History Committee Member introductions
Hello, my name is Nathan Brewer and I am the administrator of the ETHW. Welcome to the 2013 IEEE History Committee and to the ETHW (GHN)! This is a thread for you to introduce yourself to the IEEE History Committee and staff.
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I am the 2012-2013 chair of the History Committee and have been a member of the committee since 2010, serving two years as Treasurer. I have had a passion for history since childhood but as a consumer and not a producer. Back in my salad days, I taught a course in the history of electrical science that was a required course in our curriculum. Here is some biographical information that is probably more than you really want to know about me, but that you might find helpful.
I am Dean Emeritus of the School of Engineering at SUNY-Binghamton, retired since 2001. I served in the U.S. Navy and then attended Iowa State University. Most of my career was in academia as a faculty member at the South Dakota School of Mines and Technology and Cheng Kung University in Tainan, Taiwan and as dean at SUNY-Binghamton. I have spent a number of summers in industry working for Collins Radio, Honeywell, IBM, and Northrop and have consulted extensively, primarily in higher education.
I have been active in IEEE since 1960 when I was Chair of the Iowa State AIEE-IRE Joint Student Branch. (How’s that for a little history? I predate IEEE) Much of my involvement has been through EAB but I have also been a member of TAB and what was then called PUBS and have served and continue to serve on a wide range of committees. I was VP – Education from 2000 to 2002 and have served as an IEEE representative to the ABET Engineering Accreditation Commission and the ABET Board of Directors. I am a Life Fellow of IEEE and am currently a member of the Board of Directors of the IEEE Foundation.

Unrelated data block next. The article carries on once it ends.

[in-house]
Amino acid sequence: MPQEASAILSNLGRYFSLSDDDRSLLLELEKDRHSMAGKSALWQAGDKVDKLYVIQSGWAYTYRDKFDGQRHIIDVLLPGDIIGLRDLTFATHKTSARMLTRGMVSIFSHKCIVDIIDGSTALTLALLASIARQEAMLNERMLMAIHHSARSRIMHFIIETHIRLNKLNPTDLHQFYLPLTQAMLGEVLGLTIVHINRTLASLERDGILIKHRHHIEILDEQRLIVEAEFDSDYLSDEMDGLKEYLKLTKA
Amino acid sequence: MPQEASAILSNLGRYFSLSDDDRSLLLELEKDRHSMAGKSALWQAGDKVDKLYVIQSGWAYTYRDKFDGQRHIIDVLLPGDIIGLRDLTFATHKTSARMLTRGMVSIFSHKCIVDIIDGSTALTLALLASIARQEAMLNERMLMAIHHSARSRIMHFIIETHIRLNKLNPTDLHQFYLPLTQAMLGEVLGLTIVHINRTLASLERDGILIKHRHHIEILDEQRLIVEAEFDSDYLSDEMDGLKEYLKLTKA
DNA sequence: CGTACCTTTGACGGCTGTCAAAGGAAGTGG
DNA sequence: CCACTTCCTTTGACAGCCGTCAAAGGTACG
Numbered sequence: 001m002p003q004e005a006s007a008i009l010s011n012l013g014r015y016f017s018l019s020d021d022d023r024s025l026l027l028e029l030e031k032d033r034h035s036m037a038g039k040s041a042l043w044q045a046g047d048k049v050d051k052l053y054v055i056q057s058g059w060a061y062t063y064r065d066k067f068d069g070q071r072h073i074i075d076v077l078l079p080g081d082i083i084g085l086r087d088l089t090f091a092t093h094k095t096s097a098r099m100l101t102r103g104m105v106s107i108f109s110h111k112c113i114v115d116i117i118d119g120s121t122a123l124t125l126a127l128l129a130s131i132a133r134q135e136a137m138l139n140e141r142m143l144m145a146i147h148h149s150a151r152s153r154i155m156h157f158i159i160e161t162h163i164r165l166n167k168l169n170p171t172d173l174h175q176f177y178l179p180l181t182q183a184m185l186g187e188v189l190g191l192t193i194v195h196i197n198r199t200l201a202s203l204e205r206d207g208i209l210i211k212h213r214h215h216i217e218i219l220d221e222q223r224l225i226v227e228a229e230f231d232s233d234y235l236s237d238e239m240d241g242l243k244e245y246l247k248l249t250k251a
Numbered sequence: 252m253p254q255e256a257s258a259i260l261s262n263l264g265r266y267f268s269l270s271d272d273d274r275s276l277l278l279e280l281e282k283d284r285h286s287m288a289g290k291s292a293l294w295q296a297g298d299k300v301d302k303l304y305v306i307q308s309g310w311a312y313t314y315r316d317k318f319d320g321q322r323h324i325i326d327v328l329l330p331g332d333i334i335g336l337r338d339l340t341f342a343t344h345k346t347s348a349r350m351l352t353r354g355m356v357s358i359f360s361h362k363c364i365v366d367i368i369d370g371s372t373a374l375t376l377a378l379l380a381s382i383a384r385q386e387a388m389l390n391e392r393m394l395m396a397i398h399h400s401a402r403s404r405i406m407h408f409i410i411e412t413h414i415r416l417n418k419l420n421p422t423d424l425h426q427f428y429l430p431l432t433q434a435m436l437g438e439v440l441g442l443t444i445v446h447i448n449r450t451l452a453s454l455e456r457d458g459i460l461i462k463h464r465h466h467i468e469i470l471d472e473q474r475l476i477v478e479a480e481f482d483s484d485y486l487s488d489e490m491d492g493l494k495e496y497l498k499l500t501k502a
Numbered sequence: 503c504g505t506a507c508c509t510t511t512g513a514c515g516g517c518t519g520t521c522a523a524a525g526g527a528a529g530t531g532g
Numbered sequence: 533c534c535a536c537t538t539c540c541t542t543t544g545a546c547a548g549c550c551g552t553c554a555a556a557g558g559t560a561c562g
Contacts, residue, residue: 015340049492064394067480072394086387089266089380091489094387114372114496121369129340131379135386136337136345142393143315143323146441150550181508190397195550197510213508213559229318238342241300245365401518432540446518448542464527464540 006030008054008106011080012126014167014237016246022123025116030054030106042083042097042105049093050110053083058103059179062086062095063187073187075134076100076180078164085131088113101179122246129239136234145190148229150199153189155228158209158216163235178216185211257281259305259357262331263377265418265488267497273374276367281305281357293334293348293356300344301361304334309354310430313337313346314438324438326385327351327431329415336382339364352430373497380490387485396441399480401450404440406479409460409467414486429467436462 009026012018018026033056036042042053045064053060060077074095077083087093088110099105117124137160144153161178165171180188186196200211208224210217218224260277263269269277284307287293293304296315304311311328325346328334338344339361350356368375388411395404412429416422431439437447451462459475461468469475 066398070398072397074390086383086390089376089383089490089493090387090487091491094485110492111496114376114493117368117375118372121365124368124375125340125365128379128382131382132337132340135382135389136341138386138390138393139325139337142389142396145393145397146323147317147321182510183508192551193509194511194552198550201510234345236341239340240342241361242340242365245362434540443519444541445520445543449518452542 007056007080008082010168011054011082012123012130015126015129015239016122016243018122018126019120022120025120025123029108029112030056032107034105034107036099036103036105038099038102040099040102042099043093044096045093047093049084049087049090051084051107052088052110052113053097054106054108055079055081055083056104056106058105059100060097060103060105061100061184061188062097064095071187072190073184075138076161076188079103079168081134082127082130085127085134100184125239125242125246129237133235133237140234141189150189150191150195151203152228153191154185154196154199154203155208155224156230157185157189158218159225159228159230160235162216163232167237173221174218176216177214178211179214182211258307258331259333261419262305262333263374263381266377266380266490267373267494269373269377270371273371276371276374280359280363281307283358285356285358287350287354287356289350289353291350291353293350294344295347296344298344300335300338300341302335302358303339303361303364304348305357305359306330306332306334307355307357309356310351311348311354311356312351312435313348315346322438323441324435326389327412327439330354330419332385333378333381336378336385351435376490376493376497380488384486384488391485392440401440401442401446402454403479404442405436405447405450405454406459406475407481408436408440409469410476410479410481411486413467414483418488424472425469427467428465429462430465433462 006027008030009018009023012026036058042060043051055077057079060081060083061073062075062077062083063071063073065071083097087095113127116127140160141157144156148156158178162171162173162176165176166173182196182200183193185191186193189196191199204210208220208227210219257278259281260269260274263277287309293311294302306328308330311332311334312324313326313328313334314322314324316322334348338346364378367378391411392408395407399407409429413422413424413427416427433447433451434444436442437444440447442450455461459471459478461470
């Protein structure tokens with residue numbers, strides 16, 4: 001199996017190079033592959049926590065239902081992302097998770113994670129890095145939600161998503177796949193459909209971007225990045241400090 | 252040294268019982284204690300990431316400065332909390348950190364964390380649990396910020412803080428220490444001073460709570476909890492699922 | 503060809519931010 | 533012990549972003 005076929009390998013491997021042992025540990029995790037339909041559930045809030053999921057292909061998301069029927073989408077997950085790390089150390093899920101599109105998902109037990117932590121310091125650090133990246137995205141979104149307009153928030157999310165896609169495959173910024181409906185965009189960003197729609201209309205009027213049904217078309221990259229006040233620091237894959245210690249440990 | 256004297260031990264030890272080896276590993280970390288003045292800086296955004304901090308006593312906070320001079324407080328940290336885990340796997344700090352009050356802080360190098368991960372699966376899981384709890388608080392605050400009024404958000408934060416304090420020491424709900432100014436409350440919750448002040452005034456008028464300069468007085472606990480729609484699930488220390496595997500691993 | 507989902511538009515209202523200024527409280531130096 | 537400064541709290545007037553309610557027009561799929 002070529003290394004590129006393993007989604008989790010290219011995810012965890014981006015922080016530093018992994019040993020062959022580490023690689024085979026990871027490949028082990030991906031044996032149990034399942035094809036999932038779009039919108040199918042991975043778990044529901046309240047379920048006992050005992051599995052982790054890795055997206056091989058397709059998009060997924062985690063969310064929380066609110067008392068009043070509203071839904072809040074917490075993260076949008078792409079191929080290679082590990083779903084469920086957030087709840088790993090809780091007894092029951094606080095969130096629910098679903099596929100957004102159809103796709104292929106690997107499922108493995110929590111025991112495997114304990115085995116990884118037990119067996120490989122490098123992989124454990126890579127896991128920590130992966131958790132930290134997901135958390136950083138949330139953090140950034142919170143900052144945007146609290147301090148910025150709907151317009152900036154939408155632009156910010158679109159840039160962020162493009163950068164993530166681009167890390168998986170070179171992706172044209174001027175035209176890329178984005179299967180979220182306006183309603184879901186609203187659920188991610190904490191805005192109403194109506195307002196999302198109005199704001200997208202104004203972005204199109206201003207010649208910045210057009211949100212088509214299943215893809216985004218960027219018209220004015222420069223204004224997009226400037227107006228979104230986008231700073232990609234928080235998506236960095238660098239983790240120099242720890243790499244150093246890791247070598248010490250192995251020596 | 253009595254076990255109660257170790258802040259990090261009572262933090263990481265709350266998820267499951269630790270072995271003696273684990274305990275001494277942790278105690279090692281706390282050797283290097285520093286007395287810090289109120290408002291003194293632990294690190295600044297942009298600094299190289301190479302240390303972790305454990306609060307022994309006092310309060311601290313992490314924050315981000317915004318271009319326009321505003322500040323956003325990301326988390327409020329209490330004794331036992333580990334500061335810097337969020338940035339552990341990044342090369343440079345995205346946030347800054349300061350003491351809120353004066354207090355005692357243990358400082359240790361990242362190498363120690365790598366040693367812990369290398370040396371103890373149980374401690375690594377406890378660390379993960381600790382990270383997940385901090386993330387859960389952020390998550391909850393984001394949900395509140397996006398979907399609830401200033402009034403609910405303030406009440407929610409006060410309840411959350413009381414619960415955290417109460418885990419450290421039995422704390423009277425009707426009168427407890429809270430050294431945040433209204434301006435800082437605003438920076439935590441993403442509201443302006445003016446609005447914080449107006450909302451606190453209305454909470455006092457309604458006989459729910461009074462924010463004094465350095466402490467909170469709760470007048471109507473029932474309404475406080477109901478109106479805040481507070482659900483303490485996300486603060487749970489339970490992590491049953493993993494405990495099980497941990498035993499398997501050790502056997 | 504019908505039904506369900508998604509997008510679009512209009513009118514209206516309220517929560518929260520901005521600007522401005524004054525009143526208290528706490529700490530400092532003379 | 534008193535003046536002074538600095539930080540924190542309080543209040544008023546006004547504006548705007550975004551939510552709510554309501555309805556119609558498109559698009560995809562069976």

Theodore A. Bickart
I taught and then served as Dean of Engineering at Syracuse University followed by service as Dean of Engineering at Michigan State University. I subsequently became President of the Colorado School of Mines (now President Emeritus). I earned my baccalaureate degree in electrical engineering in 1957 and my doctorate in the same discipline in 1960, both from The Johns Hopkins University. I am a fellow of the IEEE, ASEE, and ABET. During my academic career, I coauthored two books on electrical networks and was author or coauthor of more than sixty journal papers. Sixteen doctoral students completed their dissertations with me as their advisor. My research stressed the development and application of analytic techniques for the study of stability and performance of electrical networks and control systems. My teaching spanned the spectrum of courses in electrical networks and control systems and ranged into digital circuits and systems.